faas-cli push -f mongo-function.yml

faas-cli deploy -f mongo-function.yml

To access and play around with the function we can head over to the OpenFaas gateway UI:

Data can then be sent via the request body to the function as seen in the screen shot above. This will then, if successful, return your given input and a status code of 201.

We can also prove that the data has been written to our MongoDB by using a MongoDB client to connect to our MongoDB and check that the data has been stored:

Cool, huh?

For more technical and in depth usage of the function template please read the documentation described in the project repository.

GitHub project: csharp-kestrel-mongo

– Marcus

Writing OpenFaas Serverless Functions in Go


In this post I will take you through the process of writing a Serverless function in Go with OpenFaas.

Note: Knowledge of Linux and Go will be very helpful.

Getting Started

Before we get to writing Serverless functions in Go, you need to have a OpenFaas deployment. If you do, great, you can skip to the next section. If you don’t, then you can follow Alex’s (founder of OpenFaas) tutorials on how to get a deployment up and running. He has a lot of great tutorials and posts that have heavily influenced the creation of this post. You should also check out his post on creating Go Serverless functions as well as he goes much more in depth.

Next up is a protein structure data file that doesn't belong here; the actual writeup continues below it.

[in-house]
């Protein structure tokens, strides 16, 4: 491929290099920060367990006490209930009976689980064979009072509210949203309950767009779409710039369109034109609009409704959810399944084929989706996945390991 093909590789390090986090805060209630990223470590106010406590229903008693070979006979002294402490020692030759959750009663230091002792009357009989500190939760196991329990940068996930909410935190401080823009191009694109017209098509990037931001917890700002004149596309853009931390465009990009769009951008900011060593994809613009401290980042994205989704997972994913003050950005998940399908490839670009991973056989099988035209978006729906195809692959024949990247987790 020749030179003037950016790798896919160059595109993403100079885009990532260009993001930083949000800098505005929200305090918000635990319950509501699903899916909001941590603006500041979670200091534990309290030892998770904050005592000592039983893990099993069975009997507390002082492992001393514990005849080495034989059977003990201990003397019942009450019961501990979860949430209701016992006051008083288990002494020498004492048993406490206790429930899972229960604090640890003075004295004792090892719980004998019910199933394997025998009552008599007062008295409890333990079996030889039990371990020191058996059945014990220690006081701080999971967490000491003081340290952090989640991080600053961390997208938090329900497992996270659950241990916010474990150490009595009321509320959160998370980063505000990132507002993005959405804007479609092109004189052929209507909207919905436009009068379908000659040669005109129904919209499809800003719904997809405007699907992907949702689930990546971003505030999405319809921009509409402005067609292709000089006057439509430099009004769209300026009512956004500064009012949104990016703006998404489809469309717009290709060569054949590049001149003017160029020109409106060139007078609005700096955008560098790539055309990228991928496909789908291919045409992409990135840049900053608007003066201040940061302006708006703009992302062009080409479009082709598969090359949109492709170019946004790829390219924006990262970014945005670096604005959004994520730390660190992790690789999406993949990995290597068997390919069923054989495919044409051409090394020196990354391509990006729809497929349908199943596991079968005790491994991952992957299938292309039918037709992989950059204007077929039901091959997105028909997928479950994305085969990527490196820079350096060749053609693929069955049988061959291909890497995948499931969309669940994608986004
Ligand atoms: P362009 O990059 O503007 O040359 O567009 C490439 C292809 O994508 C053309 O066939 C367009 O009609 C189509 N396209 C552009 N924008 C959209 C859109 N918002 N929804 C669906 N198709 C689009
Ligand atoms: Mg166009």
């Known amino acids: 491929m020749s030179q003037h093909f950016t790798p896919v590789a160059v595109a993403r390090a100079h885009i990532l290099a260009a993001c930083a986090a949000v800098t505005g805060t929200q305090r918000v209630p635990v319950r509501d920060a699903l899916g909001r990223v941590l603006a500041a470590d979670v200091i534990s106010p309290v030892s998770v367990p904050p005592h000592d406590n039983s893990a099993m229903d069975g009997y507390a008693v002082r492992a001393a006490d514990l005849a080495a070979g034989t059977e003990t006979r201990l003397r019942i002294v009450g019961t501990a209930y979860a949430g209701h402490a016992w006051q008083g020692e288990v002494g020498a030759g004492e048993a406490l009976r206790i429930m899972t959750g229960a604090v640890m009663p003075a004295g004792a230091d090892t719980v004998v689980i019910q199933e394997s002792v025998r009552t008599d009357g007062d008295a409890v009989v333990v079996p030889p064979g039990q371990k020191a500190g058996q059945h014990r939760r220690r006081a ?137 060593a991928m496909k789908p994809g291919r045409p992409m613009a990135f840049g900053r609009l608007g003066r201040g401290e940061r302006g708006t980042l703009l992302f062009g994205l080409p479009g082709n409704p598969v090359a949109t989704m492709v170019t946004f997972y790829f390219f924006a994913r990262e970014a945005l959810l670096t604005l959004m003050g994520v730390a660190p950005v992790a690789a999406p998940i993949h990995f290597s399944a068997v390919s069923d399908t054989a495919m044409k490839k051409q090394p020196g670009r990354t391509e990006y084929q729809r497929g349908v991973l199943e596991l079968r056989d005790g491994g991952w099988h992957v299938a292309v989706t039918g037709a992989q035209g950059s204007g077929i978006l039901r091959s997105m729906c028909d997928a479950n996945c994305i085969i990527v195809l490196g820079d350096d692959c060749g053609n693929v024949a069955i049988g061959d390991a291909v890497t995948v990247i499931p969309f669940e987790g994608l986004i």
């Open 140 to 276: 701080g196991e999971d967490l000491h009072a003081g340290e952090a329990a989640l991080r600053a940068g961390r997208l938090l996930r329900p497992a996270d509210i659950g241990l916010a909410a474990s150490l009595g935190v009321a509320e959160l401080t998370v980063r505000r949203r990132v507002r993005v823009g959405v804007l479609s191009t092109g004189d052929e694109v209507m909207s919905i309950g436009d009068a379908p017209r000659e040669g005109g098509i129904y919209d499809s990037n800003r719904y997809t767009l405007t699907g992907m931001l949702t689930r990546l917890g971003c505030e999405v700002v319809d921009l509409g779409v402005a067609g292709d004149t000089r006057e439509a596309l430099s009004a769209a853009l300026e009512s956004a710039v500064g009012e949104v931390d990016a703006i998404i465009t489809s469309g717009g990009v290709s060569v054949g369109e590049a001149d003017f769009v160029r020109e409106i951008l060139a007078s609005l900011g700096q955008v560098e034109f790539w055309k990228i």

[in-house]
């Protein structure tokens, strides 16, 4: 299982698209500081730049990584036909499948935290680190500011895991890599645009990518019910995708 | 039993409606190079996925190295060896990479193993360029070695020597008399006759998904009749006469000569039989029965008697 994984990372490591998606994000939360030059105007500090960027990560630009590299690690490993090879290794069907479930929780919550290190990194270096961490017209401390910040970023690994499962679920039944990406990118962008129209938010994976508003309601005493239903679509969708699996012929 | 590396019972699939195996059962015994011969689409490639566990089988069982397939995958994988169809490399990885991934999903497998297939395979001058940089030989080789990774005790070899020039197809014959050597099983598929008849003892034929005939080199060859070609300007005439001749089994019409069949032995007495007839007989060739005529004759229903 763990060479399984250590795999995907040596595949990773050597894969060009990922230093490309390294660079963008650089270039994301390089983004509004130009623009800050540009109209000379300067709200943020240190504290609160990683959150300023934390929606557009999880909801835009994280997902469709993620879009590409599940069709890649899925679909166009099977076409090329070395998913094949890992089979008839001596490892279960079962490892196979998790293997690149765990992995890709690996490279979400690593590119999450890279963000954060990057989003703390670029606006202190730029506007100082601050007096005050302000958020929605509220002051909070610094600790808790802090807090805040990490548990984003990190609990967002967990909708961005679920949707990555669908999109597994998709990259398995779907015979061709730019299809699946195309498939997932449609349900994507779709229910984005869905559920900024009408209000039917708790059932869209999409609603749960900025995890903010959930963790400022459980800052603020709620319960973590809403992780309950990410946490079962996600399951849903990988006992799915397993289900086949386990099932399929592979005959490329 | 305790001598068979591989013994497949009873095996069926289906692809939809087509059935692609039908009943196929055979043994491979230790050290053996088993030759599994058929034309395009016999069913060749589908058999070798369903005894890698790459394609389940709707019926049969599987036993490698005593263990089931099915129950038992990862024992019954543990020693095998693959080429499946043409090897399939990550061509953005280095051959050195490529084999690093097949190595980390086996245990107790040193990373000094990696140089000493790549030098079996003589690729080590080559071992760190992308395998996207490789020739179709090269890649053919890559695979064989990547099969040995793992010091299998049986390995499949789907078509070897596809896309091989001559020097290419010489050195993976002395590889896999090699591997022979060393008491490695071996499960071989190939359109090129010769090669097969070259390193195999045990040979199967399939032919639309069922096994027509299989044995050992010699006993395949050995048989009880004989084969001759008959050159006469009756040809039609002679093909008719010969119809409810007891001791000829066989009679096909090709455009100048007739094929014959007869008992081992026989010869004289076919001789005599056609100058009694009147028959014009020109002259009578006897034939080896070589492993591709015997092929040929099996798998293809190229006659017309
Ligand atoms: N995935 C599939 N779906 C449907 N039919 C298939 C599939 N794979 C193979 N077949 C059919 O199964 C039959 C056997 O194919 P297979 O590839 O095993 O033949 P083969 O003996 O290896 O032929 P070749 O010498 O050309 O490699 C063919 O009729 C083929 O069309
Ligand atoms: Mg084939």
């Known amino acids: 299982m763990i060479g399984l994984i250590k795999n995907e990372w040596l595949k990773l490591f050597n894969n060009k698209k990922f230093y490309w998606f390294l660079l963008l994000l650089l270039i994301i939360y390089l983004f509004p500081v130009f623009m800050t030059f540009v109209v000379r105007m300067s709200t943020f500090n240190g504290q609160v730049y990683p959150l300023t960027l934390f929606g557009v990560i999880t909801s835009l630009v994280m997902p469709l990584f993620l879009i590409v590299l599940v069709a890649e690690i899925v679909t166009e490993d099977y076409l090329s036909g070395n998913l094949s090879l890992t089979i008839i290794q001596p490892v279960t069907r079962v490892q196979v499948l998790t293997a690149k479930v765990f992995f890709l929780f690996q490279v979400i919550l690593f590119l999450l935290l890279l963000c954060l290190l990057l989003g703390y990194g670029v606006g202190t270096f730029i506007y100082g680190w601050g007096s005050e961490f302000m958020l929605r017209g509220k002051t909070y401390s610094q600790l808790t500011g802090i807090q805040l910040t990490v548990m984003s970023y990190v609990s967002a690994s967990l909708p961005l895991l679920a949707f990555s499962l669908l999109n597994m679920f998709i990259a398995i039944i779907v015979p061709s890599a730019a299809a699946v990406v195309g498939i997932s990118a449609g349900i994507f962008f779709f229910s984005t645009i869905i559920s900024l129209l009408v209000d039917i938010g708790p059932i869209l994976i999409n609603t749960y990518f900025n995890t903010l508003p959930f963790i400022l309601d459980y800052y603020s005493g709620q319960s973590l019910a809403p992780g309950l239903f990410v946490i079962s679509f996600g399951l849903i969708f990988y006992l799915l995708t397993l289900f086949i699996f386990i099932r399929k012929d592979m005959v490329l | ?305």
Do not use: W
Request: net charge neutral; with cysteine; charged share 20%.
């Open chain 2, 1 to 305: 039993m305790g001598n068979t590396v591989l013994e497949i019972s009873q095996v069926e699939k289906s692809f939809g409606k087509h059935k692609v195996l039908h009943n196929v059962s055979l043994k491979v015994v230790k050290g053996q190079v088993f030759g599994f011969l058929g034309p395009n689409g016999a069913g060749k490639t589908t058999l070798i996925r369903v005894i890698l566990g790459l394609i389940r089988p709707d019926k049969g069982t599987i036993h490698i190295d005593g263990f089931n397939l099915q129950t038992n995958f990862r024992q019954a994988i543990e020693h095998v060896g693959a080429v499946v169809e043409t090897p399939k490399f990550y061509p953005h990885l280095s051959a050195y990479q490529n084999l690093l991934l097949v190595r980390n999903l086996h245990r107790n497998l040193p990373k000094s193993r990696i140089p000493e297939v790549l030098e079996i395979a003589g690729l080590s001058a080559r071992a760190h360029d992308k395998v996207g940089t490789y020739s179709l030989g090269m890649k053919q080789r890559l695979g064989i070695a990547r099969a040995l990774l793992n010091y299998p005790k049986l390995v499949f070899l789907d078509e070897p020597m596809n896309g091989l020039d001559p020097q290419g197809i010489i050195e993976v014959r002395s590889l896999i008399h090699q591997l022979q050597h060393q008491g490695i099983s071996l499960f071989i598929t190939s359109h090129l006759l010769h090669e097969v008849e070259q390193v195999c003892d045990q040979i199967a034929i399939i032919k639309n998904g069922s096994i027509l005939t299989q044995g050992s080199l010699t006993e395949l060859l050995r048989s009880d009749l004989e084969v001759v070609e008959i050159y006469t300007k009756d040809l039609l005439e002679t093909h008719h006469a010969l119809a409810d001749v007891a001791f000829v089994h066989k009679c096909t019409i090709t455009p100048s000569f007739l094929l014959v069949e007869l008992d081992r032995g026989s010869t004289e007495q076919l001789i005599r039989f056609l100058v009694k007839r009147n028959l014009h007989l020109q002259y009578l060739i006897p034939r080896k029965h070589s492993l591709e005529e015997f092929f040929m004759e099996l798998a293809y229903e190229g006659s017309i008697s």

Writing a Serverless function

Note: I will be developing the following function on a raspberry pi. This should not matter though as long as you can run the OpenFaas CLI and build and deploy Docker containers.

The following function that we are going to create will simply return the current time on the machine that executes the function.

First create the function project.

faas-cli new --lang=go-armhf get-time
Note: As I am running Go on ARM architecture the following suffix '-armhf' was added to the '--lang' parameter. This is not required if you are developing and building Go on x86.

What that command above should have done is create 3 seperate items;